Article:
Are you a celebrity, politician and/or researcher caught up in a plagiarism scandal? Well, it’s definitely not your day.
While you would have certainly been better off ensuring that you and your staff don’t plagiarize, what’s done is done and once the plagiarism has been discovered, there’s no putting the genie back in the bottle.
The bad news is that you’re going to carry the moniker of “plagiarist” for the rest of your life, no matter how unfair that actually is. For a celebrity, especially a divisive figure, even a minor plagiarism scandal will get them branded as a plagiarist for life by their opponents and detractors.
However, the good news is that you’re also in good company. Countless celebrities have been caught plagiarizing including Fareed Zakaria, Maureen Dowd, Marc Driscoll and many others. Politicians aren’t immune either as recent Senator Rand Paul had a very public scandal and, further back, U.S. Vice President, Joe Biden, and the current President, Barack Obama, were both accused of plagiarism – with varying degrees of effectiveness.
The good news, for you at the center of the plagiarism scandal, is that, while some like Jonah Lehrer or Jayson Blair have their promising careers destroyed due to plagiarism allegations, most do not and are eventually given the chance to move on.
That is, if you respond to the scandal properly.
Respond to a plagiarism scandal poorly, and the allegations will likely haunt you for the rest of your career, which may never recover. Handle it well, it’s but a brief speedbump that will only be raised by your extreme detractors, who will look almost foolish for doing so.
How do you handle a plagiarism scandal so it doesn’t kill your career? Here are the basics that every potential plagiarist needs to know about.
Surviving a Plagiarism Scandal: 101
If you find yourself at the center of a plagiarism scandal, it’s important handle it right. Fortunately, a plagiarism scandal is similar to just any other type of scandal a celebrity, company or politician might face. As such, basic public relations teaches us how to approach.
However, for those who don’t know, here are the basic steps that you need to follow.
- Understand the Allegations: First, take a moment to understand what exactly you’re being accused of. While this might seem obvious, Rand Paul, for example, famously claimed to have “cited the movie” he was referencing when he was accused of plagiarizing verbiage from Wikipedia. Taking a moment to understand the allegations will help you avoid tone deaf responses like that one and know what to do next.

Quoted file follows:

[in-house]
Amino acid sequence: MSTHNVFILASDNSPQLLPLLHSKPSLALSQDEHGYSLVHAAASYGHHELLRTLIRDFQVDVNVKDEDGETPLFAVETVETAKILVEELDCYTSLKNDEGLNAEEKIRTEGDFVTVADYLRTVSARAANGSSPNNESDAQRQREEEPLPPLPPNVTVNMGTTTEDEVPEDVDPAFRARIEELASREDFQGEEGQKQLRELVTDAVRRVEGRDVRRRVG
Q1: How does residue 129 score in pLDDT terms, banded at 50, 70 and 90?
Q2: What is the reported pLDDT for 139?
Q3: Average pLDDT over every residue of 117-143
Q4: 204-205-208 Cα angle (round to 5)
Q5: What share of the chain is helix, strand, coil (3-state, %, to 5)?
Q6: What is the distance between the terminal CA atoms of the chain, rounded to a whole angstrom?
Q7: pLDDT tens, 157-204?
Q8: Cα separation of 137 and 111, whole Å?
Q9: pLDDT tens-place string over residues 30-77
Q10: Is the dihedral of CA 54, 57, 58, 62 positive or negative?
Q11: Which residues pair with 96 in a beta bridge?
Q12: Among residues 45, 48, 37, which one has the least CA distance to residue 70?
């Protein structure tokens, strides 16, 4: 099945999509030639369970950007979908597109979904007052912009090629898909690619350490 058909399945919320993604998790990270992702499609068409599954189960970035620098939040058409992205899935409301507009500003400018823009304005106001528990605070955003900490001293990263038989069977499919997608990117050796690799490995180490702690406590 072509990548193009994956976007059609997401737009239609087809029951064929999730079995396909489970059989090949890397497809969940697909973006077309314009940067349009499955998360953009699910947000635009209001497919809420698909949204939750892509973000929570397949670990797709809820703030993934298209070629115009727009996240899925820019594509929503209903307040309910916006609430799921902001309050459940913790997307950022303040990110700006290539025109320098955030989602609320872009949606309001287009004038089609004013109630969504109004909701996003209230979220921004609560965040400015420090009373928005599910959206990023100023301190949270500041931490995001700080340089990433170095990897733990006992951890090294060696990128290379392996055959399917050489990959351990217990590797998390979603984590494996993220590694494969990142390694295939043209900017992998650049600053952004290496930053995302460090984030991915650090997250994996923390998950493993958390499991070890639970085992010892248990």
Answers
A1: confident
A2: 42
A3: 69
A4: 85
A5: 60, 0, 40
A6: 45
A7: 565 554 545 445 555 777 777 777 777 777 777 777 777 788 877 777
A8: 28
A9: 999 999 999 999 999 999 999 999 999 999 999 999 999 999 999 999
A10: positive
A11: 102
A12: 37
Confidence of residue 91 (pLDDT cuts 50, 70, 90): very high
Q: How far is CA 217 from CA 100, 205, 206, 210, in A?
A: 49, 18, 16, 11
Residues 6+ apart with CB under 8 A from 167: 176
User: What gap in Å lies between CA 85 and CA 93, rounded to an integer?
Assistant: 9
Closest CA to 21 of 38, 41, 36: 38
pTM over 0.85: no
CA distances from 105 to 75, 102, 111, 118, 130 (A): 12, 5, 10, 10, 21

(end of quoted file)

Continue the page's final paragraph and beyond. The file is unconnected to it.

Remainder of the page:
- Stop Plagiarizing: This also seems obvious but, as Shia LeBeouf has shown us, common sense isn’t always that common. After being accused of plagiarism, make 100% sure everything released under your name is free of anything that could remotely be considered plagiarism.
- Apologize, Sincerely: Apologize to the people you have hurt. That list will likely be long and include the people you plagiarized from, any editors and publishers you worked with in creating your work, the audience for the work involved and your defenders/fans, the people who stood up for you before the truth came out.
- Explain What Happened: Now comes the tough part, you have to be honest about what happened and be transparent without making excuses. Excuses are transparent. No one cares if you were overworked, absent minded or just evil. Admit your transgressions, be honest about what happened and what you will do to correct them.
- Correct the Record: Do your best to fix what’s wrong. Correct issues on your site, work with publishers to add footnotes and try to set the record straight the best that you can. If that means retracting research, destroying books or simply adding credits, do so.
To be clear, all of this assumes that the allegations of plagiarism are both real and provable. If you didn’t actually plagiarize or the allegations are so minor as to be a non-issue in the long run, the best thing you can do is be honest and, most importantly, understand you can only be vindicated by time.
As Fareed Zakaria found out, even extremely minor incidents can become major scandals in the short run, but lose their wind quickly.
It’s also important to note that none of this is going to guarantee that the scandal will blow over and amount to nothing. Rather, it just prevents the hole from being dug deeper and starts the process of healing the damage to your reputation.
If the scandal is serious, no amount of public relations is going to save you. But if the scandal is relatively minor, the way it’s handled could be the difference between a minor hiccup and a career or reputation destroying disaster.
The main thing when dealing with a plagiarism scandal is that you made a mistake. It doesn’t matter if the mistake was by a staffer writing on your behalf, an innocent error you made yourself or something worse. If it carries your name, you have responsibility to ensure that it is accurate and plagiarism-free.
If you’re in the midst of a scandal, you clearly failed in that responsibility.
Going on the offensive against your accusers, like Rand Paul and, allegedly, Mark Driscoll did, does nothing to make the scandal go away and, instead, only stokes the flames and encourages others to dig even deeper.
Even if the people making the allegations are your opponents, if the criticisms are accurate and fair, it’s up to you to handle them appropriately. Handling them in a bad way only gives your critics more credibility and creates more problems.
So don’t let a mistake end your career or ruin your reputation, address it well, learn from your mistakes and move on. You might be surprised just what you can survive.